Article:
There’s always going to be – for lack of a better term – a stack of films we’ve been meaning to get to. Whether it’s a pile of DVDs and Blu-rays haphazardly amassed atop our television stands, or a seemingly endless digital queue on our respective streaming accounts, there’s simply more movies than time to watch them. This column is here to make that problem worse. Ostensibly an extension of Everybody’s Into Weirdness (may that series rest in peace), The Savage Stack is a compilation of the odd and magnificent motion pictures you probably should be watching instead of popping in The Avengers for the 2,000th time. Not that there’s anything wrong with filmic “comfort food” (God knows we all have titles we frequently return to when we crave that warm and fuzzy feeling), but if you love movies, you should never stop searching for the next title that’s going to make your “To Watch” list that much more insurmountable. Some will be favorites, others oddities, with esoteric eccentricities thrown in for good measure. All in all, a mountain of movies to conquer.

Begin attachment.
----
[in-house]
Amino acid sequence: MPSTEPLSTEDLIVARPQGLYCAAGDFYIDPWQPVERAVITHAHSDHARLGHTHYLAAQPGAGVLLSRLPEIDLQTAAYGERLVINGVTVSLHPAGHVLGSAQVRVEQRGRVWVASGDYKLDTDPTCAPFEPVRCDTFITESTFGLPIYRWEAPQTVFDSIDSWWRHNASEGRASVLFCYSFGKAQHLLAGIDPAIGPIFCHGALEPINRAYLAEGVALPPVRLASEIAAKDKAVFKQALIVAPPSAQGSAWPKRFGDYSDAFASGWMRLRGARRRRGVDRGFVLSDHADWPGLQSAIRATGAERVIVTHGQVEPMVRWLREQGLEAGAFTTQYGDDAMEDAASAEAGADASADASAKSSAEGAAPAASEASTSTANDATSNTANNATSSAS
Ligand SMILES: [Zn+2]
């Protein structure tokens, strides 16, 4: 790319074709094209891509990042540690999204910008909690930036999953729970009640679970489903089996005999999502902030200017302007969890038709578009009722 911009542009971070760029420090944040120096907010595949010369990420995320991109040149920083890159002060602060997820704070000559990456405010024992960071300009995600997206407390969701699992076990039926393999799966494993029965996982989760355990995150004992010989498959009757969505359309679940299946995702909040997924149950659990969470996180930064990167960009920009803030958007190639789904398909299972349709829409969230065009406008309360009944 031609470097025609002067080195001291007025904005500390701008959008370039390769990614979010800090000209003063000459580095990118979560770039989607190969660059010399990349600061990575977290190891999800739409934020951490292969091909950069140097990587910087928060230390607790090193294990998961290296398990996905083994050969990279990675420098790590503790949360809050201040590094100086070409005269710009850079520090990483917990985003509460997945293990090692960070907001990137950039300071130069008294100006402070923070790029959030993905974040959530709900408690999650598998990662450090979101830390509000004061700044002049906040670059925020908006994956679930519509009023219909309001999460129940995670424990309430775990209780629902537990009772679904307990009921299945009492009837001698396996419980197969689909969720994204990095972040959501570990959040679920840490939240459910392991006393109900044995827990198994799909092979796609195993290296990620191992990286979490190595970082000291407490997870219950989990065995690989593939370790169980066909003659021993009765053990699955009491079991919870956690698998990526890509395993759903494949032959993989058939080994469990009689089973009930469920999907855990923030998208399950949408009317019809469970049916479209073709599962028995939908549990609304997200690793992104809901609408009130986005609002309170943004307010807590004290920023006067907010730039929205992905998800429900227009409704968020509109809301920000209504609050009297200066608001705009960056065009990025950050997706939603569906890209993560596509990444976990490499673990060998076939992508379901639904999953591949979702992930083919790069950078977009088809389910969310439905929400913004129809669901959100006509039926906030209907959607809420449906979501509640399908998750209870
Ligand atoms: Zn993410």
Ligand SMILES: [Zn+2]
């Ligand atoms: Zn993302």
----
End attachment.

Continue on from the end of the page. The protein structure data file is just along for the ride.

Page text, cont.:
The forty-seventh entry into this unbroken backlog is Roberta Findlay's feminist act of XXX terror, A Woman's Torment...
Roberta Findlay was initially never paid for the first XXX picture she ever helmed. Back in the early '70s, the way a director operated in the adult industry was that a financeer would set the budget (usually a few thousand dollars or so), the "artist" behind the camera would collect a flat fee, and then that producer would own the film outright, usually selling a few prints to all-night venues in The Deuce (such as The Lyric or The Empire). In '74, Findlay made Angel on Fire - a no budget fuck flick revolving around degradation, reincarnation and revenge, with a color palette that would make Dario Argento swoon. When she went to collect her check from the money man, she received a punch in the eye instead. Such was life for a woman trying to make her way in the world of rough and tumble sexploitation pictures. It'd take the threat of a lawsuit for the producer to finally pay her.